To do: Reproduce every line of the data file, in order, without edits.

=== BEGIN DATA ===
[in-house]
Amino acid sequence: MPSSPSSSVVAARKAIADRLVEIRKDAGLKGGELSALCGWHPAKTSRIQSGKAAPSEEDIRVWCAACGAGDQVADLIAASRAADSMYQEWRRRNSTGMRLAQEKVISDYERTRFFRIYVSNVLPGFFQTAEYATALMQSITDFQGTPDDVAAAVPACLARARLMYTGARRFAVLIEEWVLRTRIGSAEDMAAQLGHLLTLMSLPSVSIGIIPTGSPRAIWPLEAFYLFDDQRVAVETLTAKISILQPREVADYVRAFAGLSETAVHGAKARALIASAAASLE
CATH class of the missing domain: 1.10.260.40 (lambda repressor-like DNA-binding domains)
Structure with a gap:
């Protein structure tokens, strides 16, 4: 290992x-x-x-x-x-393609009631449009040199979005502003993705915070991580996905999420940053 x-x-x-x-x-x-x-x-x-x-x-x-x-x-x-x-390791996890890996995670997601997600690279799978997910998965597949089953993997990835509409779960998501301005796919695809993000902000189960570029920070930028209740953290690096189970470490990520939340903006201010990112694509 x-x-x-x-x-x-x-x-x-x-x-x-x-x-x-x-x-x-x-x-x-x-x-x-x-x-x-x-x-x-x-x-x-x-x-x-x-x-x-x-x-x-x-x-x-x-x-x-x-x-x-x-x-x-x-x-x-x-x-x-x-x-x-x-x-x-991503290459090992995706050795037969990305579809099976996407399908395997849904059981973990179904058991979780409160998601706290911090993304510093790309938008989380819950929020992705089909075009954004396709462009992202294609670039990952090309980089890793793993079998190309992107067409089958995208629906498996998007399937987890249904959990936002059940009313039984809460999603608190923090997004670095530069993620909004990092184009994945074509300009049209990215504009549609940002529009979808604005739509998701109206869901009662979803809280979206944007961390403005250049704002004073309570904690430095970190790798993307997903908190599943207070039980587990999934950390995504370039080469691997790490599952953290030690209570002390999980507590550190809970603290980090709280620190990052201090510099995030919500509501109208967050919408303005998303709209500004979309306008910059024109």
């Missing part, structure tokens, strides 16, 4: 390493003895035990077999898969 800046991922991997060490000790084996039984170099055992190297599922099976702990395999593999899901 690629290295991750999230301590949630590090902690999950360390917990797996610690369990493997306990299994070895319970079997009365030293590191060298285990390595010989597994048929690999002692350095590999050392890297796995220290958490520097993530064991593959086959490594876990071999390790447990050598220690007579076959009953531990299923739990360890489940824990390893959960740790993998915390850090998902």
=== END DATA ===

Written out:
[in-house]
Amino acid sequence: MPSSPSSSVVAARKAIADRLVEIRKDAGLKGGELSALCGWHPAKTSRIQSGKAAPSEEDIRVWCAACGAGDQVADLIAASRAADSMYQEWRRRNSTGMRLAQEKVISDYERTRFFRIYVSNVLPGFFQTAEYATALMQSITDFQGTPDDVAAAVPACLARARLMYTGARRFAVLIEEWVLRTRIGSAEDMAAQLGHLLTLMSLPSVSIGIIPTGSPRAIWPLEAFYLFDDQRVAVETLTAKISILQPREVADYVRAFAGLSETAVHGAKARALIASAAASLE
CATH class of the missing domain: 1.10.260.40 (lambda repressor-like DNA-binding domains)
Structure with a gap:
């Protein structure tokens, strides 16, 4: 290992x-x-x-x-x-393609009631449009040199979005502003993705915070991580996905999420940053 x-x-x-x-x-x-x-x-x-x-x-x-x-x-x-x-390791996890890996995670997601997600690279799978997910998965597949089953993997990835509409779960998501301005796919695809993000902000189960570029920070930028209740953290690096189970470490990520939340903006201010990112694509 x-x-x-x-x-x-x-x-x-x-x-x-x-x-x-x-x-x-x-x-x-x-x-x-x-x-x-x-x-x-x-x-x-x-x-x-x-x-x-x-x-x-x-x-x-x-x-x-x-x-x-x-x-x-x-x-x-x-x-x-x-x-x-x-x-x-991503290459090992995706050795037969990305579809099976996407399908395997849904059981973990179904058991979780409160998601706290911090993304510093790309938008989380819950929020992705089909075009954004396709462009992202294609670039990952090309980089890793793993079998190309992107067409089958995208629906498996998007399937987890249904959990936002059940009313039984809460999603608190923090997004670095530069993620909004990092184009994945074509300009049209990215504009549609940002529009979808604005739509998701109206869901009662979803809280979206944007961390403005250049704002004073309570904690430095970190790798993307997903908190599943207070039980587990999934950390995504370039080469691997790490599952953290030690209570002390999980507590550190809970603290980090709280620190990052201090510099995030919500509501109208967050919408303005998303709209500004979309306008910059024109």
């Missing part, structure tokens, strides 16, 4: 390493003895035990077999898969 800046991922991997060490000790084996039984170099055992190297599922099976702990395999593999899901 690629290295991750999230301590949630590090902690999950360390917990797996610690369990493997306990299994070895319970079997009365030293590191060298285990390595010989597994048929690999002692350095590999050392890297796995220290958490520097993530064991593959086959490594876990071999390790447990050598220690007579076959009953531990299923739990360890489940824990390893959960740790993998915390850090998902």